Doxorubicin is a chemotherapy drug most effective in treating patients with advanced mesothelioma.
What is Doxorubicin?
Doxorubicin—also known by its brand names Adriamycin and Doxil—is the oldest FDA approved chemotherapy drug in the United States. Doctors commonly use it to treat cancers such as non-Hodgkin’s lymphoma, breast cancer, and various myelomas. They’ve also extensively researched its effectiveness as a treatment for mesothelioma, most often combining it with other drugs.
Doxorubicin is an anthracycline, a class of drugs researchers developed from streptomyces, a fungus that grows naturally in soil. It slows the metastasis of mesothelioma by blocking a cancer cell’s ability to replicate DNA. Without enough DNA, which they need for new cells, cancer cells in a mesothelioma tumor die—and the tumor itself shrinks.
Because of its tumor shrinking ability, doctors use doxorubicin as a palliative treatmentto help patients with advanced mesothelioma improve their quality of life. Palliative treatments like doxorubicin stop the growth of mesothelioma, reducing the symptoms caused by large tumors.
Doxorubicin in Clinical Trials
In a recent study carried out in Belgium, researchers combined doxorubicin and valproate, a drug normally used for epilepsy, to treat patients diagnosed with mesothelioma. The combination of drugs produced a median survival time of 17 months.
Researchers have also shown that doxorubicin works well as a treatment for patients with advanced stage mesothelioma that doctors can’t remove with surgery. They combined it with cisplatin, a platinum based drug, and improved the survival rate of patients with advanced mesothelioma by 23 months—twice the average life expectancy associated with mesothelioma.
How Doctors Give It
Before treatment begins, doctors give their patient an anti-nausea drug to help reduce any side effects caused by doxorubicin. They’ll also have a nurse perform a blood test, which the doctor uses to monitor changes in the patient’s blood cell count.
Doctors give doxorubicin through an IV. Each treatment cycle typically lasts 15 to 30 minutes, and the number of cycles depends on the patient’s overall health; the healthier he or she is, the more doxorubicin they’ll be able to withstand.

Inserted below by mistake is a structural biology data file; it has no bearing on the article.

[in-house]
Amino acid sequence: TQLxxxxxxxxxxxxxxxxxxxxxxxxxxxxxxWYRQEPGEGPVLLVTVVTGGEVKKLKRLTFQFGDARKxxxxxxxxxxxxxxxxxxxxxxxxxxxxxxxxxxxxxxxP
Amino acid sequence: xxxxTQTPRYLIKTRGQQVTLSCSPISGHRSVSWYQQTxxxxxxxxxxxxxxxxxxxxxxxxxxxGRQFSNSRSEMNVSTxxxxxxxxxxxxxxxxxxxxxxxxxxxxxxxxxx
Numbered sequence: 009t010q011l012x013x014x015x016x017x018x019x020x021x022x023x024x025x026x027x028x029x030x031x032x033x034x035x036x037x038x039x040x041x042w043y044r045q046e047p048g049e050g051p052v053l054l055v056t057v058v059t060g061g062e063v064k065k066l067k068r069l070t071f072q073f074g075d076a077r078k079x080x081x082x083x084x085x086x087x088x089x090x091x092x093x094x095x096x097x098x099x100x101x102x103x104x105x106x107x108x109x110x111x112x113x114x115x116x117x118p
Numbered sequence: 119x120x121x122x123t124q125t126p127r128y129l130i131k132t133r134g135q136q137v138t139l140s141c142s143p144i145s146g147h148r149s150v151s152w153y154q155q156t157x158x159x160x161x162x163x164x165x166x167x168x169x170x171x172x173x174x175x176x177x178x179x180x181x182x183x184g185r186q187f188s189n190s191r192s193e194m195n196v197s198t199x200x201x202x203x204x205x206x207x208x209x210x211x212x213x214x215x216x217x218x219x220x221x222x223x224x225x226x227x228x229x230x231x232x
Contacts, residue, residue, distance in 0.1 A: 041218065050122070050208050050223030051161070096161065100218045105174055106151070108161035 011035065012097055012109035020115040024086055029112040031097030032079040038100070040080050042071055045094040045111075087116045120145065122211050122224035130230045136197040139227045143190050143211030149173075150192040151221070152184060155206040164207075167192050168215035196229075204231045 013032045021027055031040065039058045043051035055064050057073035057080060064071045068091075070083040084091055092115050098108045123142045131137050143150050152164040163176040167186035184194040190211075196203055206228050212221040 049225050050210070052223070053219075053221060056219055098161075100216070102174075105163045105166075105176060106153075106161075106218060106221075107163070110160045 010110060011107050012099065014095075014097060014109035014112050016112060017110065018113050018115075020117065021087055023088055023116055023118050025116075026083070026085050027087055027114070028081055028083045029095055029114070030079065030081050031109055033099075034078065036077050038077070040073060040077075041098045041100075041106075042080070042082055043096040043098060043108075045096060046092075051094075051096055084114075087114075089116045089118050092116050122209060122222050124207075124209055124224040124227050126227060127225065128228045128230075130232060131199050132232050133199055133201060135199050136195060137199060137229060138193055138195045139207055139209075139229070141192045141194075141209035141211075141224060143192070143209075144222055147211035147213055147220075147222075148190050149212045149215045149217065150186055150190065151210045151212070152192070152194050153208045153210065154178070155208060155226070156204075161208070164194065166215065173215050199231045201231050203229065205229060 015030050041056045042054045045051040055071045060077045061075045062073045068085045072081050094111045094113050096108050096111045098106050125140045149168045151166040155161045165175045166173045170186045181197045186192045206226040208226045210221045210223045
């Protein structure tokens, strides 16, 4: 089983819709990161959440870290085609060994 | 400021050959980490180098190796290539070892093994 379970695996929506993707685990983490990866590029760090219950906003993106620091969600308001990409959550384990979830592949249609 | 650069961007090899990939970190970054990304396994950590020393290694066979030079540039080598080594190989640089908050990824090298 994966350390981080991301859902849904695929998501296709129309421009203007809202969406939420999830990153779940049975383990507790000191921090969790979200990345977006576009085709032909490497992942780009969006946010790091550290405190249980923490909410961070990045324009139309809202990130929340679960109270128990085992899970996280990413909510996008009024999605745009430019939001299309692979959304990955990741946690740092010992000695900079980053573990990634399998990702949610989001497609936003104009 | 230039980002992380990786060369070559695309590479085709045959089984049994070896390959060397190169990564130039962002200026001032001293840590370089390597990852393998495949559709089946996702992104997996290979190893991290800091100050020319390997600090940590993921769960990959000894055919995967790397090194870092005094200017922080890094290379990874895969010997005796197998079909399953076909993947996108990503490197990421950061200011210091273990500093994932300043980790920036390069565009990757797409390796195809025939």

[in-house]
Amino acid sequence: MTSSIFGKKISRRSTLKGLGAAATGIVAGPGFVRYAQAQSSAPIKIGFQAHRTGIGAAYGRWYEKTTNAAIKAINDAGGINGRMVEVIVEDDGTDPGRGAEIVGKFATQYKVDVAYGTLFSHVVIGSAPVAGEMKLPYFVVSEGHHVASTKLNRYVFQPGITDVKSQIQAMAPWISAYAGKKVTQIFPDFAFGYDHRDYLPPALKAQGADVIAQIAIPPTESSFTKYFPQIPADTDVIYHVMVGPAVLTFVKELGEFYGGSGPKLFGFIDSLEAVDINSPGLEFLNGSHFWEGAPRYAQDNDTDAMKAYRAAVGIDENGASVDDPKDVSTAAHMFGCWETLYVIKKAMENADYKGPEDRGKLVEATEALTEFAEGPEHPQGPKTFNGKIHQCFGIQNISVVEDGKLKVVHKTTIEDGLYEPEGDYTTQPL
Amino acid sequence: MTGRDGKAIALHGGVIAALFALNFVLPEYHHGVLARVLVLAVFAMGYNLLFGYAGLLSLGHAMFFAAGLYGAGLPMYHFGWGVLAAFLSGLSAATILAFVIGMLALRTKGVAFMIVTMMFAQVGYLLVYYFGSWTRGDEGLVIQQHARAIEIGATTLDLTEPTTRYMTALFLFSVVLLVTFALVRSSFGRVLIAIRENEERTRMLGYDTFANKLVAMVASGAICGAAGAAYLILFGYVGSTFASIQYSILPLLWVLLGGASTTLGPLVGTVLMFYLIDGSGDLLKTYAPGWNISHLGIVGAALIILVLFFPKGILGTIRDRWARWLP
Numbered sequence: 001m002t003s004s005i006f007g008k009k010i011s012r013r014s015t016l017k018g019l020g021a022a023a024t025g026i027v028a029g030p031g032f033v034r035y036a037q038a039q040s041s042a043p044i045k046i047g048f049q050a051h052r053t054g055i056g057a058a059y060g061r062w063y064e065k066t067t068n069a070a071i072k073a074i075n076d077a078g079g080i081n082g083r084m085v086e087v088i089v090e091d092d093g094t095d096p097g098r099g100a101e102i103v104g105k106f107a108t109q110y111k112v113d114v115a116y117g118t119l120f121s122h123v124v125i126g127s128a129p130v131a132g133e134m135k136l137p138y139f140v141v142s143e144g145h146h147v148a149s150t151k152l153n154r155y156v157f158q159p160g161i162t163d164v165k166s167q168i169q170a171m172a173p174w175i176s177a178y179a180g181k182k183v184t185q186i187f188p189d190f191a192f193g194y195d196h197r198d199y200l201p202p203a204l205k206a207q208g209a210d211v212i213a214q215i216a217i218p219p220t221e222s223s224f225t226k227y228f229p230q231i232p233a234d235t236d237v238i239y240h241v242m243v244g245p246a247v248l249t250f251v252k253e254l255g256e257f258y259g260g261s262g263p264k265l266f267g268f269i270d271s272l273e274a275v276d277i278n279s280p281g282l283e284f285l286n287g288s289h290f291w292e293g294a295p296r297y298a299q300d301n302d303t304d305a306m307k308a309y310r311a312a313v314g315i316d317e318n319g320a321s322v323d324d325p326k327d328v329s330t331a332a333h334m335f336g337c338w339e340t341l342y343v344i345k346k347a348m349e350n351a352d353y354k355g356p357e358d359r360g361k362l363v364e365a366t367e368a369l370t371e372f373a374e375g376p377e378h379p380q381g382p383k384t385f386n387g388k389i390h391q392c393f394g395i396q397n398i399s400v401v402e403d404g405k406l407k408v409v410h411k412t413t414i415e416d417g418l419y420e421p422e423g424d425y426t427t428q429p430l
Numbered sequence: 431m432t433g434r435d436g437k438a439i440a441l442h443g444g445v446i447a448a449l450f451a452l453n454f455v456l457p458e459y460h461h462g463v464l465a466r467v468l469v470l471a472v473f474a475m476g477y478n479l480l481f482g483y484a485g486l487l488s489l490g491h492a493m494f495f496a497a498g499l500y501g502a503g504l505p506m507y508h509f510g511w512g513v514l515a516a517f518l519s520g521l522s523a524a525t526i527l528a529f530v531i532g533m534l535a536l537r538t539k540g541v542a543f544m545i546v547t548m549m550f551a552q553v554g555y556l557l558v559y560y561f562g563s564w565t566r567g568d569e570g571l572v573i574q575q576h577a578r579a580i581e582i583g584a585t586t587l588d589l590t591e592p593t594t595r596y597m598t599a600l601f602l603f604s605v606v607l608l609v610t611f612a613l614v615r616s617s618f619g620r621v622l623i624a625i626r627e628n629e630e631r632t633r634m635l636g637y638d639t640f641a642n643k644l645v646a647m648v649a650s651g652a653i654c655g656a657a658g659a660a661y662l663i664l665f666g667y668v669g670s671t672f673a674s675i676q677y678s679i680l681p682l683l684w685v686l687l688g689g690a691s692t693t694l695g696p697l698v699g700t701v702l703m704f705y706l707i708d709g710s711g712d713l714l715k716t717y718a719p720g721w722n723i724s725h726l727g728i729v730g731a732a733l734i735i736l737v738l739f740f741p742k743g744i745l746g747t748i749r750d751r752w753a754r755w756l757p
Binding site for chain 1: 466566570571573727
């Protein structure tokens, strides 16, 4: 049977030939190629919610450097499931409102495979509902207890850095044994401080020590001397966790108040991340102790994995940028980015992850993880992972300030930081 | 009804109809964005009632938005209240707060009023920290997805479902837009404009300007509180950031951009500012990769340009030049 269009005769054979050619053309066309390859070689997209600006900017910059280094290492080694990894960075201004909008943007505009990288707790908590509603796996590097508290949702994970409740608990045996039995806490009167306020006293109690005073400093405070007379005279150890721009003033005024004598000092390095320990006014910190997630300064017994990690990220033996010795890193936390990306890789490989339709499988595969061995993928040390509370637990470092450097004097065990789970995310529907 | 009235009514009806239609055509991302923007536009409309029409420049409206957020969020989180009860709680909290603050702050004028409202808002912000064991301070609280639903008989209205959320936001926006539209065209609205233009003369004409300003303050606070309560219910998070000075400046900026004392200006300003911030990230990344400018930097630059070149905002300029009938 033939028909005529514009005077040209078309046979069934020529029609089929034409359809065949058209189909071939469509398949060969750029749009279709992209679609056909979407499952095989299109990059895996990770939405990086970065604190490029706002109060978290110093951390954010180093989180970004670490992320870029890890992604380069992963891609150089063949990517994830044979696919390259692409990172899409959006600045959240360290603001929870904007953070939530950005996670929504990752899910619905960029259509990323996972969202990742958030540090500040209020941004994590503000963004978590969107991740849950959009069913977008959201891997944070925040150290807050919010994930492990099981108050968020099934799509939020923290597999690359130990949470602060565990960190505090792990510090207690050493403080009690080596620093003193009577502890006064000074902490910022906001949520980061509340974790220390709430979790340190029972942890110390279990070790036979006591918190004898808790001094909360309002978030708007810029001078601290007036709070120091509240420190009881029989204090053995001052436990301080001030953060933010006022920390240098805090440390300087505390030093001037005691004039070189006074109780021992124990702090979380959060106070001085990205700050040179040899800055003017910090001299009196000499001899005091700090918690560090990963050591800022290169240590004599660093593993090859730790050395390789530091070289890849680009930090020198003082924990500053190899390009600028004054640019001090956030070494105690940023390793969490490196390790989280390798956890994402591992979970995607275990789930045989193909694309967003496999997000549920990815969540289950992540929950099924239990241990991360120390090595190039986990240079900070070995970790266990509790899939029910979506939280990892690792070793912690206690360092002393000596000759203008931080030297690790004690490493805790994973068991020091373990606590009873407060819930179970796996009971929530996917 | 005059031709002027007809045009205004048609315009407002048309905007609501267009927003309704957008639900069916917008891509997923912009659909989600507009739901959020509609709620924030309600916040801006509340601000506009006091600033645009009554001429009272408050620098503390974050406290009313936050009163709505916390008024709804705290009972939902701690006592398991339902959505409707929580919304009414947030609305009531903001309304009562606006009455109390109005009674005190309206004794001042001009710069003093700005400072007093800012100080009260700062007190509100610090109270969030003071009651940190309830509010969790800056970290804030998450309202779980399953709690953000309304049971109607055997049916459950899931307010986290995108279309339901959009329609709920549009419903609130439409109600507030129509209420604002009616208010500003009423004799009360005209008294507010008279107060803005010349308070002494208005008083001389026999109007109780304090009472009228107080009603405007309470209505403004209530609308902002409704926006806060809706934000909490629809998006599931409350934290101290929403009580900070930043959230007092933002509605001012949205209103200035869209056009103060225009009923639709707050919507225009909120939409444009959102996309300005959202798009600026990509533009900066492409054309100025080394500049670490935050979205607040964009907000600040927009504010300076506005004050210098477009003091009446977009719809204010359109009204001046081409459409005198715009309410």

Patients diagnosed with either pleural or peritoneal mesothelioma can also receive the drug during an operation. Intraoperative doxorubicin helps shrink mesothelioma tumors while doctors perform surgery.
Doxorubicin causes side effects similar to those produced by other chemotherapy drugs. Like other drugs, it targets cancer cells, which divide and spread quickly. Doxorubicin can’t, however, tell the difference between cancer cells and healthy cells that also divide rapidly, like hair cells. When the drug kills healthy cells—as “collateral damage”—side effects occur.
The most common side effects caused by doxorubicin include:
Doxorubicin can also interfere with the heart’s pumping function. While this side effect is uncommon, it’s serious, and the reason why patients can only receive a maximum amount of doxorubicin during a lifetime. Doctors consider a number of factors—the patient’s age, history of heart disease, and use of other heart-toxic drugs—to determine the maximum amount of doxurubicin they’ll give during treatment.
Is It Right for You?
If you’re considering adding doxorubicin, or any other chemotherapy, to your treatment regimen, make sure you speak to a doctor who has experience treating mesothelioma first. Like any chemotherapy, the effectiveness of doxorubicin depends on your diagnosis—the location, cancer stage, and cell type of the mesothelioma—and overall health.
Contact a member of our Patient Help Team for more free information on chemotherapy, mesothelioma, and your treatment options. We can also help connect you to an experienced doctor, locate a treatment center, or even find financial aid to help pay for treatment. Get started on improving your prognosis and request a call from our Patient Help Team. You can also read more about mesothelioma, your treatment options, and ways to improve your prognosis in our free informational guide. Order a free copy today.
1. Doxorubicin. Retrieved on September 22, 2014 from http://chemocare.com/chemotherapy/drug-info/doxorubicin.aspx#.VCCT75NdVBM.
2. Doxorubicin (Adriamycin). Retrieved on September 22, 2014 from http://www.macmillan.org.uk/Cancerinformation/Cancertreatment/Treatmenttypes/Chemotherapy/Individualdrugs/Doxorubicin.aspx.
3. Valproate–doxorubicin: promising therapy for progressing mesothelioma. A phase II study. Retrieved on September 22, 2014 from http://erj.ersjournals.com/content/37/1/129.full.